Tale of an overly EMPHATIC talker

Picture this: tiny restaurant. Quick dinner before my son’s basketball practice. Precious solo time with my youngest in which I hope to catch up and check in with him.

Our first five minutes are great. He’s telling me about his recent test at school, the book he is reading. And then, as luck would have it, an OET is seated next to us, barely a foot away.

OET, for the uninitiated among you, stands for overly EMPHATIC talker. As in, people who loudly overemphasize certain words and syllables. As in, “This dish is DElicous!” or “She has the most MARVELOUS home.”mouth

I can handle these folks for a couple of minutes at a cocktail party. But do not ask me to talk over them for an hour while eating at a quiet restaurant, trying to decompress between work and my other job as a mommy.

Perhaps being in the early stages of a cleanse might also have had the teensiest effect on my tolerance. Perhaps I could have been a smidgen cranky. Just a smidgen.

This mother looked as if she was trying to do what I was trying to do—have a dinner to catch up with her child—in this case, a teenaged girl.

And so it began.

“So, hon, are you liking basketball?” I ask.

“Oh MY. They have a CHORIZO omelette. CHORIZO. Do you know what that is? I DON’T. We’ll have to ask the waiter. Oh, WAITER. The chorizo omelette INTRIGUES us. But what is CHORIZO?”

Really? I think. How can you live in Chicago in the 21st century and not know what chorizo is? We are nothing if not a cultural melting pot. But I digress.

“Sweetie?” I say.

“Huh?” says my son, eyes on our OET neighbor.

“I asked if you liked basketball,” I said.

“Well in THAT case, we’ll take one of THOSE,” says OET. “And this water is simply LOVELY. What do you put IN it? REALLY? Just LEMON? AMAZING.”talk_too_much

“Um, yeah, I like it, Mom. I like playing with my—“

“DAD would love this. Maybe we should take something HOME to him. He’s been so BUSY lately, you know.”

“—friends,” says my son.

“At CHURCH last Sunday, they were talking about a QUILTING group I thought I’d join. Would you like to QUILT with me? I thought it would be so much FUN if we did it together.”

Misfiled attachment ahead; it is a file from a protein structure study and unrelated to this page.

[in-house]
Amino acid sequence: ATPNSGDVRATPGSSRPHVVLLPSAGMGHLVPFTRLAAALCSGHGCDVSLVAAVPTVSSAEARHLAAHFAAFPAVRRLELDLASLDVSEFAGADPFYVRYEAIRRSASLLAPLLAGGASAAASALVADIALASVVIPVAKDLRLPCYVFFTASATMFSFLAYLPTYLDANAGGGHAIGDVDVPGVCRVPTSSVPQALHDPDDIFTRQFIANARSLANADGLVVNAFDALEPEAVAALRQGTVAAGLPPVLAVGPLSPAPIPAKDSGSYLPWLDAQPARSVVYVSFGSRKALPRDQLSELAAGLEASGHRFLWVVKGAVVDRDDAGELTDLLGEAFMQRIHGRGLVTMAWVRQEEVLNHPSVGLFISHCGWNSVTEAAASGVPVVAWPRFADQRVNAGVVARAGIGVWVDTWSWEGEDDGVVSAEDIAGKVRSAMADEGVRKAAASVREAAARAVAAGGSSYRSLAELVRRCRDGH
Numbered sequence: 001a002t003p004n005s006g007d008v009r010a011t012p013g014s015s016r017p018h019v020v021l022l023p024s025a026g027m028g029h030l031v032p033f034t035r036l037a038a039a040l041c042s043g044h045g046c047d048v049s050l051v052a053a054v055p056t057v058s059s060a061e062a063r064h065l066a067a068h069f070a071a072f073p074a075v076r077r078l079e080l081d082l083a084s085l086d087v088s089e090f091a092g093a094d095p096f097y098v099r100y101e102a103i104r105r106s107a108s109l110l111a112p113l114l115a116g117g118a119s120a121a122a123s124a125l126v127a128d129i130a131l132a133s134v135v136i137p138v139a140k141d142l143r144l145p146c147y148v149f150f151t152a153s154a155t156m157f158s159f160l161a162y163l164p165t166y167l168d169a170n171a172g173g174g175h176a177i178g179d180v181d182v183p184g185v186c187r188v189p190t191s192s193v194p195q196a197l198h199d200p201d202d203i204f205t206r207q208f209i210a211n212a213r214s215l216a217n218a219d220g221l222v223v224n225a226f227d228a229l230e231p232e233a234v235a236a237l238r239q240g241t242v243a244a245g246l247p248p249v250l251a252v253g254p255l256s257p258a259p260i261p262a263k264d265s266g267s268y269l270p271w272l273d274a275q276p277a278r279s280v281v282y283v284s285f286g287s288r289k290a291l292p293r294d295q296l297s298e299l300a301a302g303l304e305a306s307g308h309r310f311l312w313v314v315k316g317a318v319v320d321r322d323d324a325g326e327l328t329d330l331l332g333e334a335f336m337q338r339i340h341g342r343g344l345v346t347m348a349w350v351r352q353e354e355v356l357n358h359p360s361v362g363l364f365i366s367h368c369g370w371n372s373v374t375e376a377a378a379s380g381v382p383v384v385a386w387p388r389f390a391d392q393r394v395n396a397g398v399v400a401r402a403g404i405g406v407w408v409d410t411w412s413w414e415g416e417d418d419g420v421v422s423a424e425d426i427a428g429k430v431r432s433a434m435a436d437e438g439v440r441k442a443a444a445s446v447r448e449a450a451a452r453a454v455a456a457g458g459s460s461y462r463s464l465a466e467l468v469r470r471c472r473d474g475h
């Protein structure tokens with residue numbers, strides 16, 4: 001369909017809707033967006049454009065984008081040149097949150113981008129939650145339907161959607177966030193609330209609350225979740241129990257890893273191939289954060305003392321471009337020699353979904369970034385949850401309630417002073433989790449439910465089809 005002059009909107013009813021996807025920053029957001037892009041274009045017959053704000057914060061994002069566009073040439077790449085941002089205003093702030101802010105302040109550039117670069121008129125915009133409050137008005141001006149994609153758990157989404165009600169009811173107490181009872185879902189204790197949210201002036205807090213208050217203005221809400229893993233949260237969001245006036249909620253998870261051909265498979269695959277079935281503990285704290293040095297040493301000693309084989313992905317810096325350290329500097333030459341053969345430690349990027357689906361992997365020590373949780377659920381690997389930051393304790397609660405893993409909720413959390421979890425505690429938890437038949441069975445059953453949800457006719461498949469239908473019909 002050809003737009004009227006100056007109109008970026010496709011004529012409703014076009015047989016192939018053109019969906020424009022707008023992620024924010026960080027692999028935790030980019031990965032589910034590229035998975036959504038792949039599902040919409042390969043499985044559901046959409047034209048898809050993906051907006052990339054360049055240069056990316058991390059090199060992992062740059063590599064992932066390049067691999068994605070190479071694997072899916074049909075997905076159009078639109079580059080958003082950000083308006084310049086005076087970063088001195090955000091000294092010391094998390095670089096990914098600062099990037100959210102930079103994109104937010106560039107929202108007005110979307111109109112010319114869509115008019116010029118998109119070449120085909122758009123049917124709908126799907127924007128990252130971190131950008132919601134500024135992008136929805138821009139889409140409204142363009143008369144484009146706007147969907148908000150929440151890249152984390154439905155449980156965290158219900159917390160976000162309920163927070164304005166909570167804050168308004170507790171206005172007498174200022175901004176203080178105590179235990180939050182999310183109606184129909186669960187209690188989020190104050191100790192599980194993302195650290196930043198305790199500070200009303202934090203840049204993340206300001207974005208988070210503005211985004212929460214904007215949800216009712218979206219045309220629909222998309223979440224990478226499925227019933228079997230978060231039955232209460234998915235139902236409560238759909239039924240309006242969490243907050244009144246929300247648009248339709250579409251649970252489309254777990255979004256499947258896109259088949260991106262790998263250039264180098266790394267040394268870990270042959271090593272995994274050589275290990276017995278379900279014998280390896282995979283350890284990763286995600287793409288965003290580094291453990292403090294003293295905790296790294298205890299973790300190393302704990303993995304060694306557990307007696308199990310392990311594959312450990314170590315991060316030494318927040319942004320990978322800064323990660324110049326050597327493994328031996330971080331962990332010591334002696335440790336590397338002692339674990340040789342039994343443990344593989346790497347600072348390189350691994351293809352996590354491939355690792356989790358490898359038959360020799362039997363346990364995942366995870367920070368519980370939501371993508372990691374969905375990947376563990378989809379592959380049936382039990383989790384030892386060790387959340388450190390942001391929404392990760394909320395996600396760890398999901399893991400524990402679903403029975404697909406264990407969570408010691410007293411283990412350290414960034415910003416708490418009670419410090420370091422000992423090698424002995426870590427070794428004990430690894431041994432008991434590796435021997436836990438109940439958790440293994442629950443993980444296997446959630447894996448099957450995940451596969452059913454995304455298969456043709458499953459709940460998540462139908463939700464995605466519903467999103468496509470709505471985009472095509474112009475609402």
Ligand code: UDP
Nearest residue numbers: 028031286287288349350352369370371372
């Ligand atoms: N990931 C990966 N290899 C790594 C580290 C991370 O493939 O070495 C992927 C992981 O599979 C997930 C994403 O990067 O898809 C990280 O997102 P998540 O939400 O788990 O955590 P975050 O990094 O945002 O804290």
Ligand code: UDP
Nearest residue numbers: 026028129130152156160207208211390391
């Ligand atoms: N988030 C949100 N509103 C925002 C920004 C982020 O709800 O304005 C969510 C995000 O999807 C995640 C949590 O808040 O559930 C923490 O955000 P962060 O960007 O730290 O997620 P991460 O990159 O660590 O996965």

Teenaged daughter watches her mother intently and I can’t tell if the thought of quilting with this woman terrifies her or she is just a slow talker—but nothing comes out of her mouth.

“That’s great,” I say. “I’m so glad you’re enjoying basketball. We need to think about a spring sport. Anything come to –“

“MMMMMM. Oh my. This CHORIZO is the best I’ve ever had.”

Of course it is, lady. You didn’t know what it was five minutes ago. It’s obviously the first chorizo you’ve ever had.

“–mind?” I ask.

“POOR Mrs. Blanchard. She is just SICK over missing ladies’ group the other night. And we had SUCH a good DISCUSSION that night also. About NUTRITION.”

I guess they didn’t cover the fat content of chorizo in that discussion.

“What did you say, Mom?” says my distracted son.

“Never mind, sweets. Let’s finish up and get you to basketball.”

“Oh, are you LEAVING? We’re sitting so close and we didn’t even get to INTRODUCE ourselves.”

NO, we didn’t, m’aam. And yet, I feel I know you.

Have a FABULOUS dinner. But we have to GO. REALLY.

 

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9 Comments Add yours

  1. Curse of the Quiet One in a Loudmouth World.

  2. lmarieallen says:

    I sometimes, no often, wish that I could be 1/10 as oblivious as many people seem to be. How liberating would it be to have absolutely no clue that you are so freaking annoying? You would walk around in an OE cloud, blocking grocery aisles while yelling at your Bluetooth. By the way, I call my daughter “Sweet”.

    1. candidkay says:

      I hear you. There’s a difference, to me, between someone being enthusiastic about life and truly relishing an experience–and someone who over emphatically tries to convince themselves they’re having that experience. The authenticity shines through or it doesn’t–and forced authenticity drives me nuts! Love that you call your daughter Sweet–she’ll always remember that:).

  3. Completely agree with you. I wonder if someone recorded this person and then played it back to them, if they would get it. This also happens a lot on public transport, particularly when the OET is on their phone to another OET. It’s infuriating if you’re trying to read, have a quiet conversation with a friend, or just relax with your own thoughts.

    1. candidkay says:

      They actually have “quiet cars” on the Chicago metro trains now–interesting concept:).

      1. We have them in Victoria, Australia, on our long-distance country chains, but not on the metro ones. It’s a great idea. Increasingly, too, people are getting on the train and playing games on their portable devices without headphones, so you can hear the game, sometimes turned up quite loudly. Weird.

  4. markbialczak says:

    You lean over. You speak very quietly. This will ensure that she’ll have to concentrate to hear you, and set an example, too. You say, slowly and clearly, ‘Can you please lower your freaking voice? I am trying to hold a conversation with my son.’

    1. candidkay says:

      Or I could just bring you, Mark. Sounds like you have this routine down to a science:).

      1. markbialczak says:

        I also have been the emphatic talker a time or two in my life, Kay! But I will listen when asked to bring it down a decibel or 200.

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